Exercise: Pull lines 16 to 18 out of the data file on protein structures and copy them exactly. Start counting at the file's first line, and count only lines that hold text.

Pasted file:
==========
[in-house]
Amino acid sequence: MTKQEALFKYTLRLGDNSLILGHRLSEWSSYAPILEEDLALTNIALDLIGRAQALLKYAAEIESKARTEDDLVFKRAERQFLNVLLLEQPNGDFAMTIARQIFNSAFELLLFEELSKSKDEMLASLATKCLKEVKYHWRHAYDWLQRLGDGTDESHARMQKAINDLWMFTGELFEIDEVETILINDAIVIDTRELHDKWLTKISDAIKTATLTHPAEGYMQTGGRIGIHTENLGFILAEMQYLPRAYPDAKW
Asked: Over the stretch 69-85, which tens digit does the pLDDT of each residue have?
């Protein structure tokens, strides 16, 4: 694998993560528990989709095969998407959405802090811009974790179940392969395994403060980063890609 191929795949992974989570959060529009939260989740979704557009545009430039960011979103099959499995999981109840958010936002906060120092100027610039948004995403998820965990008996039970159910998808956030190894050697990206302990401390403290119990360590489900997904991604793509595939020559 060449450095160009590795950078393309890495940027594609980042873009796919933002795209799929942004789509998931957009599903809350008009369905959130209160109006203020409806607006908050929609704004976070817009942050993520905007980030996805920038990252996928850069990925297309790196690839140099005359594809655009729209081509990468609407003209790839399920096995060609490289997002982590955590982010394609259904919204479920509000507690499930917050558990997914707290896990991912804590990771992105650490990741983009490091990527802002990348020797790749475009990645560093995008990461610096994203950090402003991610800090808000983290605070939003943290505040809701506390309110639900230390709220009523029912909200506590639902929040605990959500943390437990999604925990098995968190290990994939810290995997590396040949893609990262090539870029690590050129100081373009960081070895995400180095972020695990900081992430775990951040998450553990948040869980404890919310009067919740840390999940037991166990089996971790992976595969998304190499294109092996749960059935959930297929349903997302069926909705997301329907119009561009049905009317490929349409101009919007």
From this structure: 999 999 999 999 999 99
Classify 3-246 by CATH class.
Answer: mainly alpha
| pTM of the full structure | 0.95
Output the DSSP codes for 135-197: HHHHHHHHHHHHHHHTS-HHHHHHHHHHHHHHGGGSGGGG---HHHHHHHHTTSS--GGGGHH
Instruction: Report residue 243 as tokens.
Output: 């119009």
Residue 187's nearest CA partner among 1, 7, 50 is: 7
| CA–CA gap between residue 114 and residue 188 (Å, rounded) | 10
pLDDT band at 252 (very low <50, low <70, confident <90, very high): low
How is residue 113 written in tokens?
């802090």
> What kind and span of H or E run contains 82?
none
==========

């802090």
> What kind and span of H or E run contains 82?
none